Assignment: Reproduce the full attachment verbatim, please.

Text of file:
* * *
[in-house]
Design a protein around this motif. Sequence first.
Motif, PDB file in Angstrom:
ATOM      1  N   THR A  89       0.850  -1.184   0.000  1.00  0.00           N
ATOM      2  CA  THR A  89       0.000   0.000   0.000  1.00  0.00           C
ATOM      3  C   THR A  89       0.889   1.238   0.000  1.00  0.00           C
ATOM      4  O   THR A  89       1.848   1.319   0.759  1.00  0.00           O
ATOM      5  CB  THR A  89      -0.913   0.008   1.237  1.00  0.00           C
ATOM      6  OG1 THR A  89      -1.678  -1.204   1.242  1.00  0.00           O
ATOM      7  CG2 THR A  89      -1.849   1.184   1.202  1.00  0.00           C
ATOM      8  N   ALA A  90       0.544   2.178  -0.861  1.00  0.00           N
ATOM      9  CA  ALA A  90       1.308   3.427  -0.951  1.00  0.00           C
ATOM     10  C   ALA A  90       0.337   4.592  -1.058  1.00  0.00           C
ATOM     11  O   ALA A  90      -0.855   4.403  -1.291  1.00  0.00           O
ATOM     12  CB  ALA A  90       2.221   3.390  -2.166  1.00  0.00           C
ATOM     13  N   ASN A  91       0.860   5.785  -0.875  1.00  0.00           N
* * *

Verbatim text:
[in-house]
Design a protein around this motif. Sequence first.
Motif, PDB file in Angstrom:
ATOM      1  N   THR A  89       0.850  -1.184   0.000  1.00  0.00           N
ATOM      2  CA  THR A  89       0.000   0.000   0.000  1.00  0.00           C
ATOM      3  C   THR A  89       0.889   1.238   0.000  1.00  0.00           C
ATOM      4  O   THR A  89       1.848   1.319   0.759  1.00  0.00           O
ATOM      5  CB  THR A  89      -0.913   0.008   1.237  1.00  0.00           C
ATOM      6  OG1 THR A  89      -1.678  -1.204   1.242  1.00  0.00           O
ATOM      7  CG2 THR A  89      -1.849   1.184   1.202  1.00  0.00           C
ATOM      8  N   ALA A  90       0.544   2.178  -0.861  1.00  0.00           N
ATOM      9  CA  ALA A  90       1.308   3.427  -0.951  1.00  0.00           C
ATOM     10  C   ALA A  90       0.337   4.592  -1.058  1.00  0.00           C
ATOM     11  O   ALA A  90      -0.855   4.403  -1.291  1.00  0.00           O
ATOM     12  CB  ALA A  90       2.221   3.390  -2.166  1.00  0.00           C
ATOM     13  N   ASN A  91       0.860   5.785  -0.875  1.00  0.00           N